(Reuters) – Here’s a rather terrifying vision of the future, inspired by the dire warnings contained in amicus briefs in a case called U.S. v. Ganias at the 2nd U.S. Circuit Court of Appeals. In the course of investigating someone you are connected to, perhaps a client or business associate, the government obtains a search warrant for the records of your involvement with its target. Rather than comb through your computer hard drive to find relevant documents, government investigators copy your entire drive: your business records, personal information, emails, whatever you’ve got on the computer. The feds pull out what they need for the case against their target. But instead of disposing of the rest of your electronic records, the government warehouses its copy of your hard drive. And if you happen to fall under scrutiny – or if the investigation of your colleague was just a pretext for getting a hold of your electronic files – your computer hard drive is sitting right there in government hands, waiting to be plumbed for evidence against you.
(Reuters) – Sandy and Lonnie Phillips, the parents of 24-year-old Jessica Redfield Ghawi – one of the 12 moviegoers killed in James Holmes’ 2012 rampage in Aurora, Colorado – told MSNBC this week that they are facing bankruptcy because they owe $203,000 to three online business that sold Holmes the ammunition and body armor he used in the massacre.
(Reuters) – We may never really understand why plaintiffs’ lawyer Gary Friedman of the Friedman Law Group sabotaged his own promising career by secretly disclosing a trove of privileged and confidential documents from his antitrust class action against American Express to Keila Ravelo, MasterCard’s counsel in a parallel class action against Visa and MasterCard. But thanks to filings Wednesday in the Amex case, we now know the breathtaking scope of Friedman’s improper disclosures, which Hofstra law professor Roy Simon described in an expert witness report as the most “repeated and serious violations” of professional duties that he can recall in 20 years of advising class counsel.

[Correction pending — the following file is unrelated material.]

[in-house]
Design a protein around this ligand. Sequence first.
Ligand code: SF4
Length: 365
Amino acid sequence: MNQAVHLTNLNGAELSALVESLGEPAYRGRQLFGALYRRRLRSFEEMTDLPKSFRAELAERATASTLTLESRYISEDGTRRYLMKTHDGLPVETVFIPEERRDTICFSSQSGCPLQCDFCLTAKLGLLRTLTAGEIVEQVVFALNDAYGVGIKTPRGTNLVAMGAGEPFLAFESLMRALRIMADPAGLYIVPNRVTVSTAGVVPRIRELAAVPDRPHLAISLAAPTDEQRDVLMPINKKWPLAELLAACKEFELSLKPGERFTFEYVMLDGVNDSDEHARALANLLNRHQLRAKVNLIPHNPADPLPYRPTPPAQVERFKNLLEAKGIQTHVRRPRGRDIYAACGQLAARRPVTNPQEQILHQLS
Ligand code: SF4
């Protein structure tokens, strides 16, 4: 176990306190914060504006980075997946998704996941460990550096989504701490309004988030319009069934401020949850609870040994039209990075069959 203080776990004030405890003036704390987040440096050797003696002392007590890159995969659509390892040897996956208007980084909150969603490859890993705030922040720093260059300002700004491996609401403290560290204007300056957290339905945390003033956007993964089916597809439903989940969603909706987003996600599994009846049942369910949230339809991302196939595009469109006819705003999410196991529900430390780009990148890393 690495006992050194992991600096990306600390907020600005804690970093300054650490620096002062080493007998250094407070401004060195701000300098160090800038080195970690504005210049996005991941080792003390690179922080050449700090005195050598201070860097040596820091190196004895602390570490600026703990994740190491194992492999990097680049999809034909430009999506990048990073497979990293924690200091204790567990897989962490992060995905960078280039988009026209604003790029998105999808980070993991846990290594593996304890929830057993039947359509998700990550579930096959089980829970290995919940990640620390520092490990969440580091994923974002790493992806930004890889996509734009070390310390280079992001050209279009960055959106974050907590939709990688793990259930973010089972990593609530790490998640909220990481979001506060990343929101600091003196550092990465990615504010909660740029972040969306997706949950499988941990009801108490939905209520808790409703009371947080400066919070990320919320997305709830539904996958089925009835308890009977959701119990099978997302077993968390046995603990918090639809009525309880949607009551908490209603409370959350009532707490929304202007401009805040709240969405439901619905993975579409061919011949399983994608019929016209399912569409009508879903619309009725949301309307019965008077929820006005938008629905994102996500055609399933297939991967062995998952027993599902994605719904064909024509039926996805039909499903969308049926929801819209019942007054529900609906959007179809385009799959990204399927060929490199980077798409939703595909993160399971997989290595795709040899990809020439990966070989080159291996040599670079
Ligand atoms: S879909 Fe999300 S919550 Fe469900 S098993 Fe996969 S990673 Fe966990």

Class action lawyers may want to get up a petition to declare July 28 “Judge David Hamilton Day” because they could not have asked for a stronger defense of class actions – and the existing federal rules governing class certification – than they received Tuesday in Hamilton’s opinion for a three-judge panel of the 7th U.S. Circuit Court of Appeals in Mullins v. Direct Digital. The 7th Circuit scrutinized the 3rd Circuit’s controversial requirement of a “reliable and administratively feasible” way to ascertain class membership – and wholly rejected it. According to Judge Hamilton and his panel colleagues, Judges William Bauer and Michael Kanne, the 3rd Circuit’s 2013 ruling in Carrera v. Bayer upset the federal rules’ carefully wrought framework for class certification.
(Reuters) – Thirteen months after the U.S. Supreme Court decided not to do away with securities fraud class actions in Halliburton v. Erica P. John Fund, U.S. District Judge Barbara Lynn of Dallas has given the most intensive analysis yet to the high court’s ruling that defendants can try to ward off class certification by rebutting the presumption of marketwide fraud. Her 53-page opinion shows the Supreme Court’s Halliburton decision, which has so far been of little help to securities class action defendants, can benefit corporations willing to spend the time and money to hire economics experts and conduct price impact studies.